You are here
LOS ANGELES -- United Oil stations stand out from any other convenience store on competing corners. That's because company president, Jeff Appel, spares no expense when creating and designing his stations, including his latest venture, which will cost $5 million to build, BusinessWeek reported.
The property is located in Los Angeles and midway through construction. The design -- created by local modernist designer Stephen Kanner -- will feature circular ramps and a futuristic sweeping canopy design to symbolize the Los Angeles freeway system and also acknowledge the simple design of the 1950s Googie architecture, through the use of glass, neon and upswept roofs, the report stated.
The circular ramps, which drop drivers off at the car wash entrance, are meant to exemplify a freeway on-ramp. The convenience store will feature red imported Italian Terrazzo floor tiles and a large curved glass window that looks out over the retro yellow gas pumps.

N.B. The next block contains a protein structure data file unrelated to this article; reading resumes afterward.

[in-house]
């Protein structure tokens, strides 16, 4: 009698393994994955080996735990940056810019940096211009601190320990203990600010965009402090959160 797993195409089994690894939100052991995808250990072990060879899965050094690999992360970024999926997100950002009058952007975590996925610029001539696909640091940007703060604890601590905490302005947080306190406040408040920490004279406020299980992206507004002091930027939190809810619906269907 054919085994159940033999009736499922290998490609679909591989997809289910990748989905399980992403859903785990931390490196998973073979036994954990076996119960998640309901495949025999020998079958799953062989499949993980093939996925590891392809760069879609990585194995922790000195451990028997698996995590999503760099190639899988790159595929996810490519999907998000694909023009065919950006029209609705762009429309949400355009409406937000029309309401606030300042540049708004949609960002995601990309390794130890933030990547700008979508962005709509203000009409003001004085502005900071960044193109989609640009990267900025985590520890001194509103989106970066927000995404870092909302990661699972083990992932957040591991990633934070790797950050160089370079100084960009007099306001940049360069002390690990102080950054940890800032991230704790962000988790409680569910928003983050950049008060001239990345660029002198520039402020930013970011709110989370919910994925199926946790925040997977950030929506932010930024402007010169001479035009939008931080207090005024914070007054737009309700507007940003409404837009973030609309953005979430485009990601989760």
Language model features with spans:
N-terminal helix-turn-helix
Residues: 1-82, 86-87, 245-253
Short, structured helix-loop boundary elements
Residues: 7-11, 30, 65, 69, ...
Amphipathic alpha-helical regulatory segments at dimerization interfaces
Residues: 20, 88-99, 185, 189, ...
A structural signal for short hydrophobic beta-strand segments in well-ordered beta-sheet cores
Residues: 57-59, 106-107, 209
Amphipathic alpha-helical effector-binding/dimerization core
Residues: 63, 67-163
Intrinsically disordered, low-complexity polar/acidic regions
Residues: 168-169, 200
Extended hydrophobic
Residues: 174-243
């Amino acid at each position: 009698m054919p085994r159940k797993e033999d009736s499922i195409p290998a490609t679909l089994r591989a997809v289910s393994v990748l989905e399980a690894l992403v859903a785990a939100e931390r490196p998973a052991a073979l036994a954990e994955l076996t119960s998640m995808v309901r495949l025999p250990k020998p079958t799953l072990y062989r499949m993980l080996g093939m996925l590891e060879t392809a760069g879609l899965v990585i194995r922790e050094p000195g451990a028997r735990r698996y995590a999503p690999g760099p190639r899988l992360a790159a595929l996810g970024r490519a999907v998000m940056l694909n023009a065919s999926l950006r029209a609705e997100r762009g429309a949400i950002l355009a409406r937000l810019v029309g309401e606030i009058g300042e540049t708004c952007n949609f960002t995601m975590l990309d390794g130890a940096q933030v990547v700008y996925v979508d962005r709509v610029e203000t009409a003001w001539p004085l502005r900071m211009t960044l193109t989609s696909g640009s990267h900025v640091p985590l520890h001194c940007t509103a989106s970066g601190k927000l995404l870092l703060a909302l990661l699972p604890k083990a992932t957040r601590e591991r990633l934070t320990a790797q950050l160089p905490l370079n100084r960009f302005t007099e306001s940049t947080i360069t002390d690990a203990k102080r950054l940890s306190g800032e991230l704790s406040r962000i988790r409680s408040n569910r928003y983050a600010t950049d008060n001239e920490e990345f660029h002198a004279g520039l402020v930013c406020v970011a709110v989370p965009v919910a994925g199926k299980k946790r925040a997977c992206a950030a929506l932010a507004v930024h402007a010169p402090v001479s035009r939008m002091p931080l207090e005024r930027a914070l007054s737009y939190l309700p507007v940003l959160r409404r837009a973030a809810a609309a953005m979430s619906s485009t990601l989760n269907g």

It is the most ambitious project undertaken by Appel, who is head of the independent, family-run gas retailing company, the report stated.
"A lot of times I get carried away," he told the paper. "But it's my passion. I know that's never going to pay off, but it fills me with pride and elevates the brand in the public eye."
When inspiration strikes, Appel can't let go. "I can't sleep at night if an idea comes to me," he said. One station features a 26-foot tower reminiscent of Spanish architect Antoni Gaudi, with blue and pink windowpanes, a glass mosaic waterfall and a $250,000 portico covered with imported French tiles that took five weeks to attach by hand.
Another station boasts a Western theme, with antique barrels and Indian cigar-store totems. A trompe l'oeil painting of a cart in a mine shaft catches the eye on the wall behind the register. Outside, a poured-concrete surface resembles wooden planks.
At yet another station, Appel requested a Greek mural to enliven the station's Mediterranean theme.
The designs began in 1993 when Appel was given the opportunity to build a station in the upscale coastal neighborhood of Corona Del Mar, Calif. Architect Philip Sniderman was enlisted to design columns and stucco walls for the Mobil station, as well as a winged horse topiary, the brand's symbol at the time.